Heavy Metal and Radioactive Pollution from Phosphate Mining

Heavy Metal and Radioactive Pollution from Phosphate Mining 

There are 27 phosphate mines in Florida, covering more than 450,000 acres. These mining sites provide phosphate, a nutrient usually found in fertilizer for plant growth, and they also sell fluoride to local governments to put in your drinking water. Unlike pharmaceutical-grade fluoride in toothpaste, the fluoride in your water is an untreated industrial waste product.

Mining creates mountains of the waste left over from fertilizer production, known as gyp stacks. Some of that waste is radon and uranium. The EPA says it's too radioactive to be buried, so it's piled in these stacks, creating a toxic wasteland.  

Phosphate mining is a primary industry in Florida and a significant source of pollution. It's the state's largest generator of toxic waste. Some hazardous chemicals near these sites are uranium, radium, thorium, and lead.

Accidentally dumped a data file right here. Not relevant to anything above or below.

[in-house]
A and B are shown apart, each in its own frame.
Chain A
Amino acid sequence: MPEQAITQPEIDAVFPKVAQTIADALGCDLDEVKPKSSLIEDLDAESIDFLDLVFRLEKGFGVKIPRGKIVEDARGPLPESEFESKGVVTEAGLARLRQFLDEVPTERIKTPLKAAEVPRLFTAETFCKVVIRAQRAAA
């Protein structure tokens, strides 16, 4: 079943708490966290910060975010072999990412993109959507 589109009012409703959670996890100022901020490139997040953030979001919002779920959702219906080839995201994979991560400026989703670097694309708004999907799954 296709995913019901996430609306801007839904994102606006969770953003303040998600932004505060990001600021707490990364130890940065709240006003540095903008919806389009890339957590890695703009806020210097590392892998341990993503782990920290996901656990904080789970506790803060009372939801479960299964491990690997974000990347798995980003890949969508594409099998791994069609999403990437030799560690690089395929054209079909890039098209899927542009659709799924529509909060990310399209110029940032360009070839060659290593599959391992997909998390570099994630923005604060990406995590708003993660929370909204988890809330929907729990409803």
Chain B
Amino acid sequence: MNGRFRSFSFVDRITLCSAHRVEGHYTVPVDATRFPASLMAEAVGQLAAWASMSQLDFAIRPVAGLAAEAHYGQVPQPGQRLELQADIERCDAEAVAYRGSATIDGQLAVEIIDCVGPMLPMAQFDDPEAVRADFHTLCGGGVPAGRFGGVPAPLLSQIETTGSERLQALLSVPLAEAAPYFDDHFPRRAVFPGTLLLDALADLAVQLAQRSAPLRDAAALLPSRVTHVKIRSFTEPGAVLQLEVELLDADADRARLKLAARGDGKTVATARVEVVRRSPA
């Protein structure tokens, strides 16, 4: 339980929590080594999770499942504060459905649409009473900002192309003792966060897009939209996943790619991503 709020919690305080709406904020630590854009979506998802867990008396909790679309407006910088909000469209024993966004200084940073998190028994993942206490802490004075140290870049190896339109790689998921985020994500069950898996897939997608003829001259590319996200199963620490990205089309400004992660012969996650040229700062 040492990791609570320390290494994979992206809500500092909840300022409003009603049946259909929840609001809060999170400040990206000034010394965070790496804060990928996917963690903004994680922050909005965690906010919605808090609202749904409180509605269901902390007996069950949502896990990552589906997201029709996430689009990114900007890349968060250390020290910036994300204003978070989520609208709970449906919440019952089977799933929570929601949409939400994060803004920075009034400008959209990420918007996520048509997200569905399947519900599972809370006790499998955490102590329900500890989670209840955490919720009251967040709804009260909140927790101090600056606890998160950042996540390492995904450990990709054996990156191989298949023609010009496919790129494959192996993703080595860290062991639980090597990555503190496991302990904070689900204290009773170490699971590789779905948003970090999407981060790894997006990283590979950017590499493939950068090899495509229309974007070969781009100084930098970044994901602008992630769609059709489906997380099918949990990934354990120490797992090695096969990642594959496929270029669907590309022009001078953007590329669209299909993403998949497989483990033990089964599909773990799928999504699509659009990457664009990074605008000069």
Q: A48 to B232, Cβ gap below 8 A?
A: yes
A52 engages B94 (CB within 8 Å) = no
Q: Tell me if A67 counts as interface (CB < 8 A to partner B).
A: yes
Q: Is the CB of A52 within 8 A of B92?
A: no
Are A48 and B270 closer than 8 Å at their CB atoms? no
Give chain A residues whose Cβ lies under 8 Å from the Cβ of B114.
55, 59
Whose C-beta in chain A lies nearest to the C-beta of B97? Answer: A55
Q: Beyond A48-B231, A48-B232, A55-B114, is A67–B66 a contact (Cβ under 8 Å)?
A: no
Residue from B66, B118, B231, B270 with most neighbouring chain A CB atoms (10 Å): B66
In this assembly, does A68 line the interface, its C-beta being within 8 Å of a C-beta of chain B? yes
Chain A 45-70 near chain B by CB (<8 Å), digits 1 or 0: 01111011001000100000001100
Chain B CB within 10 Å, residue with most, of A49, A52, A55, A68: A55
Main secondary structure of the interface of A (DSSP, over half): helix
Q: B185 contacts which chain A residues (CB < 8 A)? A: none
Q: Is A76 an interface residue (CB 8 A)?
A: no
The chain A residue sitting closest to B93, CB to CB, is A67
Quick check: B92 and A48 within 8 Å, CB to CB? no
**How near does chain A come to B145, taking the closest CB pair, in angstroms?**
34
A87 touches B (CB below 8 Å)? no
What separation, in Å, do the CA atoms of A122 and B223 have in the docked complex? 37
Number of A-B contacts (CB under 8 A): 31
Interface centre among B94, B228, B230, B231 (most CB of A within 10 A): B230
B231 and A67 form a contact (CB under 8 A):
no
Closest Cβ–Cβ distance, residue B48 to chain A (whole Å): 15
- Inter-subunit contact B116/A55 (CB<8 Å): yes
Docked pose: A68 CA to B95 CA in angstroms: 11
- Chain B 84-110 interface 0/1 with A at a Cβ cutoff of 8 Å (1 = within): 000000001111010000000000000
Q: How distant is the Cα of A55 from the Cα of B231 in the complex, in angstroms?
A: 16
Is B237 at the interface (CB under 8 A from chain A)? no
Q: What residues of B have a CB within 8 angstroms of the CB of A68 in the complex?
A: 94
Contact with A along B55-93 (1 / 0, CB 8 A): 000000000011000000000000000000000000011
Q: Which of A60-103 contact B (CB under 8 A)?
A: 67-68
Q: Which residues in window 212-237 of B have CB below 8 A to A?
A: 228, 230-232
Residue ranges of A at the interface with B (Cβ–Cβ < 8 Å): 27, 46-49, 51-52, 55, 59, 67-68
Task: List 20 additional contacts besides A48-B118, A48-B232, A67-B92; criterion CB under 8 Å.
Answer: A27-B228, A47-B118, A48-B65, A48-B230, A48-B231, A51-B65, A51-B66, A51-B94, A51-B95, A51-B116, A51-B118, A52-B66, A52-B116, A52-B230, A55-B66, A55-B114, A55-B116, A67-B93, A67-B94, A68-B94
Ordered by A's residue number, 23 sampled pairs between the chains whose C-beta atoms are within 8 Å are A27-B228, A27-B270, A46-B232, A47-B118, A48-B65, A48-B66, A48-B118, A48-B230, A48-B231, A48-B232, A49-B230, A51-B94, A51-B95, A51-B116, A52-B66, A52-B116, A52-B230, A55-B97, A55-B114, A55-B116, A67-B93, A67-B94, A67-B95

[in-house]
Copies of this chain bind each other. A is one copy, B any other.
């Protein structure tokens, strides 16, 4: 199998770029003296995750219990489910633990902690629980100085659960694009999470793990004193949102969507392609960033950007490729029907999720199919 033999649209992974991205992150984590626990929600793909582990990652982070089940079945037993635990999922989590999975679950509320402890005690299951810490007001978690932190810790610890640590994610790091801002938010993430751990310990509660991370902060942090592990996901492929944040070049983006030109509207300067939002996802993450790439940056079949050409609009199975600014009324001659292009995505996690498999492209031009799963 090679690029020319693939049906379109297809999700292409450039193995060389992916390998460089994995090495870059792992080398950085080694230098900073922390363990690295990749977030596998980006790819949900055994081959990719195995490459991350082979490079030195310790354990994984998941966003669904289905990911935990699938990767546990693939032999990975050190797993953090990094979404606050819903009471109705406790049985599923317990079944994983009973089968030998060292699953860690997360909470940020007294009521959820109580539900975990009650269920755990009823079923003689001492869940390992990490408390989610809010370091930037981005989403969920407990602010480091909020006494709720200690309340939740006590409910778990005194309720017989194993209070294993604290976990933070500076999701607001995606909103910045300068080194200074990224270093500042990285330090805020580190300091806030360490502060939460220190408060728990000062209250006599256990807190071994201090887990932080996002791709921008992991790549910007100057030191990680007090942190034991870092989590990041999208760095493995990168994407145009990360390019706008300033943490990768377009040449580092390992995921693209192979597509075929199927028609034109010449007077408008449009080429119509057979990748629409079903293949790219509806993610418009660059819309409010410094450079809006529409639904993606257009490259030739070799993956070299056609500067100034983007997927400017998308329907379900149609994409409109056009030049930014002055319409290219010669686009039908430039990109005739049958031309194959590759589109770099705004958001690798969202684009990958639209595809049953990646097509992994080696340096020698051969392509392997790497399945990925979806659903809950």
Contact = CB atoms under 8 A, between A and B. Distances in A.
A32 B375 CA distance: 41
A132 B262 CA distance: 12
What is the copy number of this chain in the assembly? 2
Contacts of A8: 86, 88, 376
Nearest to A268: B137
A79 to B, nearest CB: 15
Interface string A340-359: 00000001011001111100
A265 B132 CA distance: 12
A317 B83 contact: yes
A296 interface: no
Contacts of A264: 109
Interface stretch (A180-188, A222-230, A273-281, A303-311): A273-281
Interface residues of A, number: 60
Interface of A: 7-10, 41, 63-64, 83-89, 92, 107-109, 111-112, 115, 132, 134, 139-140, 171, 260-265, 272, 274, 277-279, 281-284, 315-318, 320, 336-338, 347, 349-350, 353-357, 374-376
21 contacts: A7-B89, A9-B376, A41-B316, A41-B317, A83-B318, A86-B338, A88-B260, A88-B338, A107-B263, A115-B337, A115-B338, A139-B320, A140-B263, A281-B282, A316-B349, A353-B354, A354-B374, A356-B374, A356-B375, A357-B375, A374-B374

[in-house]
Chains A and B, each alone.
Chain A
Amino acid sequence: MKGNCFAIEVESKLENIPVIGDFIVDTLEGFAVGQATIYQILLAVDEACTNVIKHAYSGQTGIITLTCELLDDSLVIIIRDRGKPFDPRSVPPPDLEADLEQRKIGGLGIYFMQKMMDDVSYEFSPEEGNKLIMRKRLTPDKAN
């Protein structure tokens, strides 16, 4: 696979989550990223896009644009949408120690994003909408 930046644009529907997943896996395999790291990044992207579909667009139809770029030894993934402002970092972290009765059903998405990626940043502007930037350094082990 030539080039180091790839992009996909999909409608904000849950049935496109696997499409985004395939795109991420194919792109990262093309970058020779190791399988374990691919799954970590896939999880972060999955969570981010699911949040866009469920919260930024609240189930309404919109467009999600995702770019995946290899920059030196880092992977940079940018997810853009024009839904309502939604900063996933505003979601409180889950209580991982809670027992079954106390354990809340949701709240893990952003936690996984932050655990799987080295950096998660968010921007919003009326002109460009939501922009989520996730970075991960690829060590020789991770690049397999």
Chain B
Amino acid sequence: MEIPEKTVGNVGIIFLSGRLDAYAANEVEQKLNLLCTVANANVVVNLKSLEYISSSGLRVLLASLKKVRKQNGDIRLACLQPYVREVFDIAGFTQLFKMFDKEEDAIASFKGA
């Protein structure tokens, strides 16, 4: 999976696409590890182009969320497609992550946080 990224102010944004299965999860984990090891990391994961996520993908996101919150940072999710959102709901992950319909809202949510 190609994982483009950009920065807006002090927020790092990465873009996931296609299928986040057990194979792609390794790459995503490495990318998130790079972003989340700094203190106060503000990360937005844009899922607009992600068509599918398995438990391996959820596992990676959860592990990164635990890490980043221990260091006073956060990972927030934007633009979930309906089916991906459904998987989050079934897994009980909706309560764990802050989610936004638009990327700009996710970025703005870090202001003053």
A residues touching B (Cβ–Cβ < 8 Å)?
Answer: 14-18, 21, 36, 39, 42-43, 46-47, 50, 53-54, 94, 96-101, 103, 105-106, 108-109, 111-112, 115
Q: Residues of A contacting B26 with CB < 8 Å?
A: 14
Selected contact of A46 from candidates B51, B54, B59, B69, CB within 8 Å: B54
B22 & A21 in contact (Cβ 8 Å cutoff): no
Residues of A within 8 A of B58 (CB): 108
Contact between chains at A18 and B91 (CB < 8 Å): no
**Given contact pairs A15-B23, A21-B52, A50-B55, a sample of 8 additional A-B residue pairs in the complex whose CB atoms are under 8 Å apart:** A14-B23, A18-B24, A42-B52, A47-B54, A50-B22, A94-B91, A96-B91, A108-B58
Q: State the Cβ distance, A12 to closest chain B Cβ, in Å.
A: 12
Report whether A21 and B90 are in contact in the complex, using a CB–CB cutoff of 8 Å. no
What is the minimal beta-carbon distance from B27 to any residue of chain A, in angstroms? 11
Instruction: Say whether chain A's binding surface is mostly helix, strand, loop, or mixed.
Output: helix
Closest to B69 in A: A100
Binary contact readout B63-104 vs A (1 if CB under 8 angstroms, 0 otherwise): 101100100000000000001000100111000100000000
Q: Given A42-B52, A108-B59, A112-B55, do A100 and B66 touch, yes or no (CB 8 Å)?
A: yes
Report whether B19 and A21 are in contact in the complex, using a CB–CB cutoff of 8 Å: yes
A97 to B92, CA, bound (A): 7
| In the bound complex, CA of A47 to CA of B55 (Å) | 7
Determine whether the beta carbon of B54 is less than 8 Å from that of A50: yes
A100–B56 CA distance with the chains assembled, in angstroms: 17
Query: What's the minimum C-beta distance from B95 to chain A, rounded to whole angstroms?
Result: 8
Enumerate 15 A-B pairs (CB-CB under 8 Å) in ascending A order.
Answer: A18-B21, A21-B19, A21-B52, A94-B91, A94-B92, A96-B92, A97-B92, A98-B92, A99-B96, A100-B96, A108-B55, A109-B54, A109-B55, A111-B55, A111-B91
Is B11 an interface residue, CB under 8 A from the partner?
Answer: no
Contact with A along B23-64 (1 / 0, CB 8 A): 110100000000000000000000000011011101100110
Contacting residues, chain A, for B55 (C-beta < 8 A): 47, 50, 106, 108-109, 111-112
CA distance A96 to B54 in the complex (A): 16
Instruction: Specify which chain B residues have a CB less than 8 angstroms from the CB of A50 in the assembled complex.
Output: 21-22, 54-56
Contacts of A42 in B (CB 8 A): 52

In 2017, homeowners filed a lawsuit in central Florida after discovering their homes were built on top of old mining sites. They found Gamma rays that can penetrate the body and increase the risk of certain cancers, including lymphomas, bone cancer, and leukemias. Decaying uranium from mining also releases radon, an odorless radiative gas linked to lung cancer. 

Phosphate mining pollutes our air, contaminates waterways, and destroys wildlife habitats. It's the state's largest generator of toxic waste.

There are different solutions to these growing issues, like limiting pollution at its source, better laws to protect the environment, and establishing limits on pollution that protect health. We can also take action through our personal choices by looking for non-toxic solutions.

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Stel Bailey

Stel Bailey, a cancer cluster survivor and environmental health advocate, is a researcher and journalist with more than two decades of multimedia experience, having been published globally.

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